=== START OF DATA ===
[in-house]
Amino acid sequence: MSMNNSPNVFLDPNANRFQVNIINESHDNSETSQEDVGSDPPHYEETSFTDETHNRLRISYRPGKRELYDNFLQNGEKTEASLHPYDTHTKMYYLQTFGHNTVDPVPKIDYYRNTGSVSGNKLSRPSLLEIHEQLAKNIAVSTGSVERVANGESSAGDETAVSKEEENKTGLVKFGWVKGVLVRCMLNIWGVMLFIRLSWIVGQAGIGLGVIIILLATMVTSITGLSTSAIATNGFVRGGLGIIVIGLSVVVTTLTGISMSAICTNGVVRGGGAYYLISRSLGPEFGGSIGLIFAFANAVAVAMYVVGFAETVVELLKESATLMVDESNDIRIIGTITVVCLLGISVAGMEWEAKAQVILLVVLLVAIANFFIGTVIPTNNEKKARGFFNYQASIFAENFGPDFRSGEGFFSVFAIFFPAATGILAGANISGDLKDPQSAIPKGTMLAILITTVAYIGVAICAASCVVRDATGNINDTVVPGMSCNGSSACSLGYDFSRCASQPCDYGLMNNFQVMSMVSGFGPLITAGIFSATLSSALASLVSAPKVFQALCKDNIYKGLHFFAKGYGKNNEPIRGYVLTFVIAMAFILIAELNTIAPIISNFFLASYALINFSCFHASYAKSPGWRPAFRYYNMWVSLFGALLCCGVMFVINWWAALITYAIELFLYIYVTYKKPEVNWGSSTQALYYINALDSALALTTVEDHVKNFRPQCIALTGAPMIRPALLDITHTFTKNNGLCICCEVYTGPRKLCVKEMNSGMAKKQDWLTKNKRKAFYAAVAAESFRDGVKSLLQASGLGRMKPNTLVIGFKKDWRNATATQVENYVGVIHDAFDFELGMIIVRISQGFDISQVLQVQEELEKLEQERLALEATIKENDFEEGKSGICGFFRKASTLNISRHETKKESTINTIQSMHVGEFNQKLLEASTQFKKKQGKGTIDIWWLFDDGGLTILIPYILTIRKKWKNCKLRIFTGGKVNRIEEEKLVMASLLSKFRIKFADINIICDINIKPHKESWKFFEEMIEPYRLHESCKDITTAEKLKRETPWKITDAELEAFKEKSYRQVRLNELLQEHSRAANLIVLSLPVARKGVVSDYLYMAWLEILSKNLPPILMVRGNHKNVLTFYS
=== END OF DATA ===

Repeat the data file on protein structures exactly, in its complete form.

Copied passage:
[in-house]
Amino acid sequence: MSMNNSPNVFLDPNANRFQVNIINESHDNSETSQEDVGSDPPHYEETSFTDETHNRLRISYRPGKRELYDNFLQNGEKTEASLHPYDTHTKMYYLQTFGHNTVDPVPKIDYYRNTGSVSGNKLSRPSLLEIHEQLAKNIAVSTGSVERVANGESSAGDETAVSKEEENKTGLVKFGWVKGVLVRCMLNIWGVMLFIRLSWIVGQAGIGLGVIIILLATMVTSITGLSTSAIATNGFVRGGLGIIVIGLSVVVTTLTGISMSAICTNGVVRGGGAYYLISRSLGPEFGGSIGLIFAFANAVAVAMYVVGFAETVVELLKESATLMVDESNDIRIIGTITVVCLLGISVAGMEWEAKAQVILLVVLLVAIANFFIGTVIPTNNEKKARGFFNYQASIFAENFGPDFRSGEGFFSVFAIFFPAATGILAGANISGDLKDPQSAIPKGTMLAILITTVAYIGVAICAASCVVRDATGNINDTVVPGMSCNGSSACSLGYDFSRCASQPCDYGLMNNFQVMSMVSGFGPLITAGIFSATLSSALASLVSAPKVFQALCKDNIYKGLHFFAKGYGKNNEPIRGYVLTFVIAMAFILIAELNTIAPIISNFFLASYALINFSCFHASYAKSPGWRPAFRYYNMWVSLFGALLCCGVMFVINWWAALITYAIELFLYIYVTYKKPEVNWGSSTQALYYINALDSALALTTVEDHVKNFRPQCIALTGAPMIRPALLDITHTFTKNNGLCICCEVYTGPRKLCVKEMNSGMAKKQDWLTKNKRKAFYAAVAAESFRDGVKSLLQASGLGRMKPNTLVIGFKKDWRNATATQVENYVGVIHDAFDFELGMIIVRISQGFDISQVLQVQEELEKLEQERLALEATIKENDFEEGKSGICGFFRKASTLNISRHETKKESTINTIQSMHVGEFNQKLLEASTQFKKKQGKGTIDIWWLFDDGGLTILIPYILTIRKKWKNCKLRIFTGGKVNRIEEEKLVMASLLSKFRIKFADINIICDINIKPHKESWKFFEEMIEPYRLHESCKDITTAEKLKRETPWKITDAELEAFKEKSYRQVRLNELLQEHSRAANLIVLSLPVARKGVVSDYLYMAWLEILSKNLPPILMVRGNHKNVLTFYS